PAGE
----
October 27, 2020

Spinoza: Ethics again | Babelia

At the beginning of his splendid edition (and translation) of the Ethical demonstrated according to the geometric order, by Baruch Spinoza, who in addition to the original Latin text provides interesting annexes, its manager, Pedro Lomba, reminds us of the inevitable shadow of strangeness that hangs over this philosopher, who already accompanied him during his brief life (1632-1677) and which It has not stopped growing since then. Something of this rarity is undoubtedly due to his uncompromising opposition to some of Descartes’ fundamental theses, who would end up being the great winner of this chapter in the history of philosophy. But what Spinoza reproaches Descartes is not his rationalism, but quite the opposite: not having carried it to its ultimate consequences. And the radicality of his amendments to Cartesianism, as well as the absolutism with which he bets on the complete identification between reality and reason, sink their roots in deeper lands than those of doctrinal controversy and allow us to better glimpse the reasons for that persistent feeling of rarity.

What this thinker reproaches other rationalists is still the commitment that men like Leibniz, Malebranche or Descartes himself had with his time, in which both personal and political identity were defined above all by belonging to a religious community . Spinoza, a Dutch Jew expelled from the synagogue, whose steps the Inquisition was following with great interest once he found out that he thought “that there was no God but philosophically”, lacks such commitments due to his peculiar situation. His philosophical discourse, like his blurred citizenship, settles in a place that was strictly impossible in his day: the most absolute non-denominational. This is why he can embrace the rationalist rhetoric of the one who looks at the world from the perspective of eternity with much more courage than those who feel tied to their time and who still expect something from it. The Ethics —Definitive version of his metaphysical system— is written from this “inhuman” point of view.

Again ethics

For this reason, those who open its first pages have the feeling that the book (published posthumously and thanks to an anonymous donation) does not have an author and that, simply, as it happens with cause and effect relationships that link bodies to each other, in those pages the ideas are implacably following each other according to the infallible method of the demonstrations of the geometers, without the need for the voice of a contingent and finite being to enunciate them. The titanic effort of formalization (Axioms, Definitions, Corollaries, Propositions, Demonstrations, etc.) that the book articulates contributes to include it in that small collection of writings that, like the Tractatus Wittgenstein’s and a few others seem completely indifferent to their historical context and even to their readers: they start absolutely from scratch, without taking charge of what may have been thought and said before them, unfold without the slightest hesitation about the truth of their conclusions and show no interest in the judgment of posterity on their arguments.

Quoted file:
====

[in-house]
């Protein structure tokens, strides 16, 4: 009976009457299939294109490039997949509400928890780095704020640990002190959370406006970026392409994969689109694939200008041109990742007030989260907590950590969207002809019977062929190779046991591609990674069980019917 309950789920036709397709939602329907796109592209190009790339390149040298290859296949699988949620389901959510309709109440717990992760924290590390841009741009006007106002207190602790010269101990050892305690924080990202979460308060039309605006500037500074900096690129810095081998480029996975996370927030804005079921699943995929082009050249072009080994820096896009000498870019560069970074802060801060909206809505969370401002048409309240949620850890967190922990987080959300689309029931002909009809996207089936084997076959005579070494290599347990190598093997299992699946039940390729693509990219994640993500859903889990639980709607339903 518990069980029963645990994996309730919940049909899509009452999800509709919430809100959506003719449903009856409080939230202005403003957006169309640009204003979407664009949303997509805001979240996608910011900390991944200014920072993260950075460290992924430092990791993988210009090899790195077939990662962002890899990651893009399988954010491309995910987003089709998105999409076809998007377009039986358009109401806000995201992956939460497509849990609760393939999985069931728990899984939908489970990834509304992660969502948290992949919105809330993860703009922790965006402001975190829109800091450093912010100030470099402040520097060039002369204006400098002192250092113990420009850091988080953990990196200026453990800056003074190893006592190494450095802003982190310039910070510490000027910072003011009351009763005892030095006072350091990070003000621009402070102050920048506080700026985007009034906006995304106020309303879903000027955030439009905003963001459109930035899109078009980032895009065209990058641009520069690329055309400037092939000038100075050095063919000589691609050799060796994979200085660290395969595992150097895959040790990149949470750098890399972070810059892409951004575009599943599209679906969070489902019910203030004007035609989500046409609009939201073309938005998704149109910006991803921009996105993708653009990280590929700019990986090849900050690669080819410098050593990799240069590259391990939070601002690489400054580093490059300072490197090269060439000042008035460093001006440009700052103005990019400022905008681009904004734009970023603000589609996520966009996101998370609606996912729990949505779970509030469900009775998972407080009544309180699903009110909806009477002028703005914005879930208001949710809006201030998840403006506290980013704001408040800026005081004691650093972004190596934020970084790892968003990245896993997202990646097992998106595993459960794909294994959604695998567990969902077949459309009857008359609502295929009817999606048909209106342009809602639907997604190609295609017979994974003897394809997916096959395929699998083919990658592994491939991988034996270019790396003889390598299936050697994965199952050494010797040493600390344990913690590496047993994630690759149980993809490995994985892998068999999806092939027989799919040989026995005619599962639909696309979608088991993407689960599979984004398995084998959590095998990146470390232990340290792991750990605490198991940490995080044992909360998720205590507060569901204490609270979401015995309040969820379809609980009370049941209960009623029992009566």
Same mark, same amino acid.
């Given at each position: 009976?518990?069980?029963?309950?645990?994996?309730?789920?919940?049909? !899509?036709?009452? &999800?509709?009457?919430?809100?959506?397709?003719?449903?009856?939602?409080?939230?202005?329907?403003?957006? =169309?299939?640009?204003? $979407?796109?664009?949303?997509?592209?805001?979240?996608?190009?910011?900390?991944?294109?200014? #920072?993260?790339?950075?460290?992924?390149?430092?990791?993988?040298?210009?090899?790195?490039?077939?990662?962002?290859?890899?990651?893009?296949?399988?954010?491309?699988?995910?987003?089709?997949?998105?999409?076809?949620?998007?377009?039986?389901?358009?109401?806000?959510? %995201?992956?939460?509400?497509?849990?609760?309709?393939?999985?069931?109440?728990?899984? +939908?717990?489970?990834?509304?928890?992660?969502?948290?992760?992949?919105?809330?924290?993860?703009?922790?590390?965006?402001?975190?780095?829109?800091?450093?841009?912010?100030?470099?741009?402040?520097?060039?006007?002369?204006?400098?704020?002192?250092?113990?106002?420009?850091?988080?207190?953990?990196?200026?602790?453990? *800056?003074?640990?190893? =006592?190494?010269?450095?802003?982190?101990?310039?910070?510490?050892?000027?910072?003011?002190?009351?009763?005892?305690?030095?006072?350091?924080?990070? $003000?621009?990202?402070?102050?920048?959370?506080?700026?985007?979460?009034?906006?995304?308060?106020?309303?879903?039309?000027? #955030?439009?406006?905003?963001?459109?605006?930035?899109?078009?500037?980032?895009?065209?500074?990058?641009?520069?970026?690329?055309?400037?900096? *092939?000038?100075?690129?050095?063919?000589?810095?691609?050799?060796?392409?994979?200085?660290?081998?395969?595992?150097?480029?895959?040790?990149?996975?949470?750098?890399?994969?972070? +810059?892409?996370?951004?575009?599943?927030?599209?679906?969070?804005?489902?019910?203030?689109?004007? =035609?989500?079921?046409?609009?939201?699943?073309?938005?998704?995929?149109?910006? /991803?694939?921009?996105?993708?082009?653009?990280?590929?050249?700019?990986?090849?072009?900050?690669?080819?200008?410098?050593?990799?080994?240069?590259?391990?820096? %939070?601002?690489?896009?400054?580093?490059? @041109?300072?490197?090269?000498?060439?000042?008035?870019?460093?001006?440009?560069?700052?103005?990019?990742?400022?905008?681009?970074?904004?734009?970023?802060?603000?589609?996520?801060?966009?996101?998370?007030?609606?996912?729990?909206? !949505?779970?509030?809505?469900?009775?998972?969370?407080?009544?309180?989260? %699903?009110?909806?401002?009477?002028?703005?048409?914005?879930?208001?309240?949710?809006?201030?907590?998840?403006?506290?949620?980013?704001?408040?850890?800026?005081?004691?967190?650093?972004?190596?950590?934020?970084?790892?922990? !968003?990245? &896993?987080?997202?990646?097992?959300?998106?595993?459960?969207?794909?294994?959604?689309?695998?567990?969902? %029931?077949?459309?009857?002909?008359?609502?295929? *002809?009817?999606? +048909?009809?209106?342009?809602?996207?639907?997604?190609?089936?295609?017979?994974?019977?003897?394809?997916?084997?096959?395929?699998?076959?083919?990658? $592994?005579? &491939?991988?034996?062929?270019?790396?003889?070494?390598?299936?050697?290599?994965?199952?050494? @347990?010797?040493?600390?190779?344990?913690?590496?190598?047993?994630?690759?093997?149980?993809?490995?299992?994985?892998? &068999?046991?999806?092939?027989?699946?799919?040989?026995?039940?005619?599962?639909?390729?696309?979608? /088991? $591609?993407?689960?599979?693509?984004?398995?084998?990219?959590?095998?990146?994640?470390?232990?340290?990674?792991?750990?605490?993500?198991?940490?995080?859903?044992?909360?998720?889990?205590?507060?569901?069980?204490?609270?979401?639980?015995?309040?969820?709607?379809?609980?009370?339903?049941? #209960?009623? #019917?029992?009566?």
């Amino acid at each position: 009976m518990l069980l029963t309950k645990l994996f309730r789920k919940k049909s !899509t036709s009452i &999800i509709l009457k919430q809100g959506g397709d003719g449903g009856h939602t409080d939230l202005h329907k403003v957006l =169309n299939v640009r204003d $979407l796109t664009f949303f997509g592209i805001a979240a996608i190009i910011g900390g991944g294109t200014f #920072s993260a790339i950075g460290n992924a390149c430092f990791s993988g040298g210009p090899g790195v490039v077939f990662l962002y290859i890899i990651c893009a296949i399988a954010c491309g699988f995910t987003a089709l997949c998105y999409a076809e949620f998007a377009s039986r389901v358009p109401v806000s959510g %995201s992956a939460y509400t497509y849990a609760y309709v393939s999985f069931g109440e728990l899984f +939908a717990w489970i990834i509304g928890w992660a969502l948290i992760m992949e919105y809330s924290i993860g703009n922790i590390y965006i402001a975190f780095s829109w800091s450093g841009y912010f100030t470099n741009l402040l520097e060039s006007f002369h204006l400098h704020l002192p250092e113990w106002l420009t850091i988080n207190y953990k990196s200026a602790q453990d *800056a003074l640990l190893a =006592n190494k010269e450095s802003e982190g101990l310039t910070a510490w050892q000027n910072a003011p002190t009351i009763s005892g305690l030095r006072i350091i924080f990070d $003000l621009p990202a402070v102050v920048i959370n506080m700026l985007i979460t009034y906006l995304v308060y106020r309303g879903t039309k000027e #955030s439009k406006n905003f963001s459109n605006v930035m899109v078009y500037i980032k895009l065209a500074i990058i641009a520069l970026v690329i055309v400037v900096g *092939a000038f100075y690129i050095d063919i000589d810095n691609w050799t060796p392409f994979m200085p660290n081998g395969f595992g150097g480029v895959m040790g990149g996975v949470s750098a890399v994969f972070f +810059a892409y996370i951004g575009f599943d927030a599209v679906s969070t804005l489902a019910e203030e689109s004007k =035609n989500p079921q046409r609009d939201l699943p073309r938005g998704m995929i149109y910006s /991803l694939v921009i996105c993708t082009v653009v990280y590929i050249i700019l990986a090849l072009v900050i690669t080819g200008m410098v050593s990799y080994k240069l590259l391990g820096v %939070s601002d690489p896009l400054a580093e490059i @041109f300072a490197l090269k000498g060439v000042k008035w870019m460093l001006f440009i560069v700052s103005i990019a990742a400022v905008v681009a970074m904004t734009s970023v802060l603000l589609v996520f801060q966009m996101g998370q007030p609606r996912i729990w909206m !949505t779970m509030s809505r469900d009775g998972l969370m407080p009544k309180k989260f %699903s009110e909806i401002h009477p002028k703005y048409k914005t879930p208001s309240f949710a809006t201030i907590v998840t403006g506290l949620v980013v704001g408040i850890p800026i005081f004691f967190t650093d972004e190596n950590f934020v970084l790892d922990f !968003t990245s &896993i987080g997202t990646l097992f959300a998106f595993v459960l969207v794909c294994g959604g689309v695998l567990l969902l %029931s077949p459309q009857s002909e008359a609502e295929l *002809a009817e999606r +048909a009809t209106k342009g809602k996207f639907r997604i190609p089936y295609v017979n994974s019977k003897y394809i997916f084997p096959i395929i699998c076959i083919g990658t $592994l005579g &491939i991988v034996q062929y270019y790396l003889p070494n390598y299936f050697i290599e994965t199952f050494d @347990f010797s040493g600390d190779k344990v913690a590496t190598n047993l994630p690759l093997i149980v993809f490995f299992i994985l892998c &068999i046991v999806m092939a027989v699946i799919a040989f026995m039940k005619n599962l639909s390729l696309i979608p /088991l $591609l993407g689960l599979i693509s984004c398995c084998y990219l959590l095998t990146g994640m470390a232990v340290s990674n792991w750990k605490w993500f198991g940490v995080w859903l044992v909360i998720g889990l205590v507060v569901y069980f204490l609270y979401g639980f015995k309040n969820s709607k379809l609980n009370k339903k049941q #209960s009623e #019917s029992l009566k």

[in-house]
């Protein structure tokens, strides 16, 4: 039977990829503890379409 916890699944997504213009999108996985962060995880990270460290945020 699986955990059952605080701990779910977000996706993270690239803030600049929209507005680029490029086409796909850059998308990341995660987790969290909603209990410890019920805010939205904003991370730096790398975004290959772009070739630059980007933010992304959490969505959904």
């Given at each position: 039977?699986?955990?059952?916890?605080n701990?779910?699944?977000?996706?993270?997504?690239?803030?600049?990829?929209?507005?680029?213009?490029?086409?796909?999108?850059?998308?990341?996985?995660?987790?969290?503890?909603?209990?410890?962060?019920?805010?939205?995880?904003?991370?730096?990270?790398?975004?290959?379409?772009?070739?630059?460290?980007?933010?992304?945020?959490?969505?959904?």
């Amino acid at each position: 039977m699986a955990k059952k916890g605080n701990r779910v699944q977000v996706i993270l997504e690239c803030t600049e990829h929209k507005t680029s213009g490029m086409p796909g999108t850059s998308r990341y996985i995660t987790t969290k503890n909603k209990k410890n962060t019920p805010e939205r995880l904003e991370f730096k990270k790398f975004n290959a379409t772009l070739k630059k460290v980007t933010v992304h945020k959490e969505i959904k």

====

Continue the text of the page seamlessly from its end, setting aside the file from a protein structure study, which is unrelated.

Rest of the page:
And precisely because settling in non-denominationalism was not entirely possible in the seventeenth century, Spinoza soon became a cursed thinker, who could only be read in secret, banned by all the Churches and quoted only by libertines of the lineage of the Marquis de Sade. People who, in their vast majority, had not even read the Ethics, nor were they in a position to understand it. This earned him the reputation that Gilles Deleuze It glossed in these three adjectives: atheist (because he identified God with nature), materialistic (because he denied the substantial distinction between soul and body) and immoralist (because he rejected religiously inspired morals).

But only by listening to this triplet will the reader have understood that what made him cursed in the 17th and 18th centuries is precisely what has cemented his resurrection in the 19th and 20th centuries: first, to give romanticism a certain metaphysical density; then, so that Marxism could escape from the Hegelian tradition and find a replacement to adapt to the new times; and finally, to underpin Nietzsche’s philosophical revival – who considered Spinoza his precursor – in the 1960s. But this has not made him a more familiar thinker. Although it is understandable the attempt to recover his figure by philosophies that, in one way or another, wanted to revive a secularized theology as a sense of history or as an exaltation of revolutionary creation, after the great wear and tear suffered by these projects today Nothing can eliminate the fact that, as much as he looked like a demon to his contemporaries, Spinoza is a head-to-head theologian, dedicated to demonstrating the existence of God and the immortality of the soul, and who hardly fits into a time that no longer supports that there is God even “philosophically”. He was a stranger in the 17th century for thinking from a place that did not exist in his time. But when that place became possible – to some extent, surely, thanks to his efforts – and his name was recovered, he also became a stranger to us.

This new edition gives us the opportunity to re-read the Ethics and discover that there was someone behind it, someone who is shown in the Appendices and in the Scholios, full of sharp empirical observations, angry indignation against superstition and cautious awareness of the dangers of the abyss between the learned and the vulgar.

Ethical demonstrated according to the geometric order. Baruch Spinoza. Translation and editing by Pedro Lomba. Trotta, 2020. 448 pages. 30 euros.


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